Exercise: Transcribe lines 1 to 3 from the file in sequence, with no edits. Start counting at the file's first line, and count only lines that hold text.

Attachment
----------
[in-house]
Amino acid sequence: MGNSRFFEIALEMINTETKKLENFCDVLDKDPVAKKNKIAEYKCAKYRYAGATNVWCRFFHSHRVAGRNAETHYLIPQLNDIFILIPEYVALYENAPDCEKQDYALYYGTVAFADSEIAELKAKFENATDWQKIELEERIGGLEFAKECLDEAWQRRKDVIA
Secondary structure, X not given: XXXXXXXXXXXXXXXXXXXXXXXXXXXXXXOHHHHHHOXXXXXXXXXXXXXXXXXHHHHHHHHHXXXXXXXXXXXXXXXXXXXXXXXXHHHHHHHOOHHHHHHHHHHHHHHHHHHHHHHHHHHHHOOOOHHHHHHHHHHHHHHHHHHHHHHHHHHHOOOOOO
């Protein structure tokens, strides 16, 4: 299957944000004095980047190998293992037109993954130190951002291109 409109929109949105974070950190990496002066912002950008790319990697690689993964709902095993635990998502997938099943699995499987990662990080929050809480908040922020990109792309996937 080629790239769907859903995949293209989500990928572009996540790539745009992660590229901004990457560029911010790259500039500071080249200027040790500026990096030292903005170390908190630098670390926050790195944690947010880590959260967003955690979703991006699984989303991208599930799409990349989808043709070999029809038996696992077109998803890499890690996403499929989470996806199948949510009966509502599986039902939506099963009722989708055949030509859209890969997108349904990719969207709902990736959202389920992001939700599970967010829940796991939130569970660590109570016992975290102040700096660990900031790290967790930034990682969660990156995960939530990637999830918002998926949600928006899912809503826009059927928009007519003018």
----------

[in-house]
Amino acid sequence: MGNSRFFEIALEMINTETKKLENFCDVLDKDPVAKKNKIAEYKCAKYRYAGATNVWCRFFHSHRVAGRNAETHYLIPQLNDIFILIPEYVALYENAPDCEKQDYALYYGTVAFADSEIAELKAKFENATDWQKIELEERIGGLEFAKECLDEAWQRRKDVIA
Secondary structure, X not given: XXXXXXXXXXXXXXXXXXXXXXXXXXXXXXOHHHHHHOXXXXXXXXXXXXXXXXXHHHHHHHHHXXXXXXXXXXXXXXXXXXXXXXXXHHHHHHHOOHHHHHHHHHHHHHHHHHHHHHHHHHHHHOOOOHHHHHHHHHHHHHHHHHHHHHHHHHHHOOOOOO